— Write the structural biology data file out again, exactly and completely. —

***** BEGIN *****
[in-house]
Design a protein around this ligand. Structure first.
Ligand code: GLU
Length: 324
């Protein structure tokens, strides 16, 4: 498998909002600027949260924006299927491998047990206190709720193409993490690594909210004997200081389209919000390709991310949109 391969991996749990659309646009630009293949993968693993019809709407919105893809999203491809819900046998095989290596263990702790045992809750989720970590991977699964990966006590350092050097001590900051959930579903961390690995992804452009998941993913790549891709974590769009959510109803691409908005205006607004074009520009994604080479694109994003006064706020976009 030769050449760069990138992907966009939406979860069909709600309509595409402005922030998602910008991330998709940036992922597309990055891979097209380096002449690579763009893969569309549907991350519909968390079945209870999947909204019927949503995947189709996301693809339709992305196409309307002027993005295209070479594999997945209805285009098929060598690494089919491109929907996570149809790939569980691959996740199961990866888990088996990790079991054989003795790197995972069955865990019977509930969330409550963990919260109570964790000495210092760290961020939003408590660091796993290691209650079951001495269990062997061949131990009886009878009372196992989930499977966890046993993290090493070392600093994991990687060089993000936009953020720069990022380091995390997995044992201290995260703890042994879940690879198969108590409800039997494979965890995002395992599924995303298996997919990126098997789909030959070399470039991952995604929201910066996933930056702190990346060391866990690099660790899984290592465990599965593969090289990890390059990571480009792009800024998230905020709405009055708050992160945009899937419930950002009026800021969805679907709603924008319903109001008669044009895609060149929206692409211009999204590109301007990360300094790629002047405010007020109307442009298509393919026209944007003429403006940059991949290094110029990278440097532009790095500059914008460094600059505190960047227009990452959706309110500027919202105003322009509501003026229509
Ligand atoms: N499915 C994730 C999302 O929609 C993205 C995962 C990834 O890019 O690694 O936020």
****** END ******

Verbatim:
[in-house]
Design a protein around this ligand. Structure first.
Ligand code: GLU
Length: 324
């Protein structure tokens, strides 16, 4: 498998909002600027949260924006299927491998047990206190709720193409993490690594909210004997200081389209919000390709991310949109 391969991996749990659309646009630009293949993968693993019809709407919105893809999203491809819900046998095989290596263990702790045992809750989720970590991977699964990966006590350092050097001590900051959930579903961390690995992804452009998941993913790549891709974590769009959510109803691409908005205006607004074009520009994604080479694109994003006064706020976009 030769050449760069990138992907966009939406979860069909709600309509595409402005922030998602910008991330998709940036992922597309990055891979097209380096002449690579763009893969569309549907991350519909968390079945209870999947909204019927949503995947189709996301693809339709992305196409309307002027993005295209070479594999997945209805285009098929060598690494089919491109929907996570149809790939569980691959996740199961990866888990088996990790079991054989003795790197995972069955865990019977509930969330409550963990919260109570964790000495210092760290961020939003408590660091796993290691209650079951001495269990062997061949131990009886009878009372196992989930499977966890046993993290090493070392600093994991990687060089993000936009953020720069990022380091995390997995044992201290995260703890042994879940690879198969108590409800039997494979965890995002395992599924995303298996997919990126098997789909030959070399470039991952995604929201910066996933930056702190990346060391866990690099660790899984290592465990599965593969090289990890390059990571480009792009800024998230905020709405009055708050992160945009899937419930950002009026800021969805679907709603924008319903109001008669044009895609060149929206692409211009999204590109301007990360300094790629002047405010007020109307442009298509393919026209944007003429403006940059991949290094110029990278440097532009790095500059914008460094600059505190960047227009990452959706309110500027919202105003322009509501003026229509
Ligand atoms: N499915 C994730 C999302 O929609 C993205 C995962 C990834 O890019 O690694 O936020």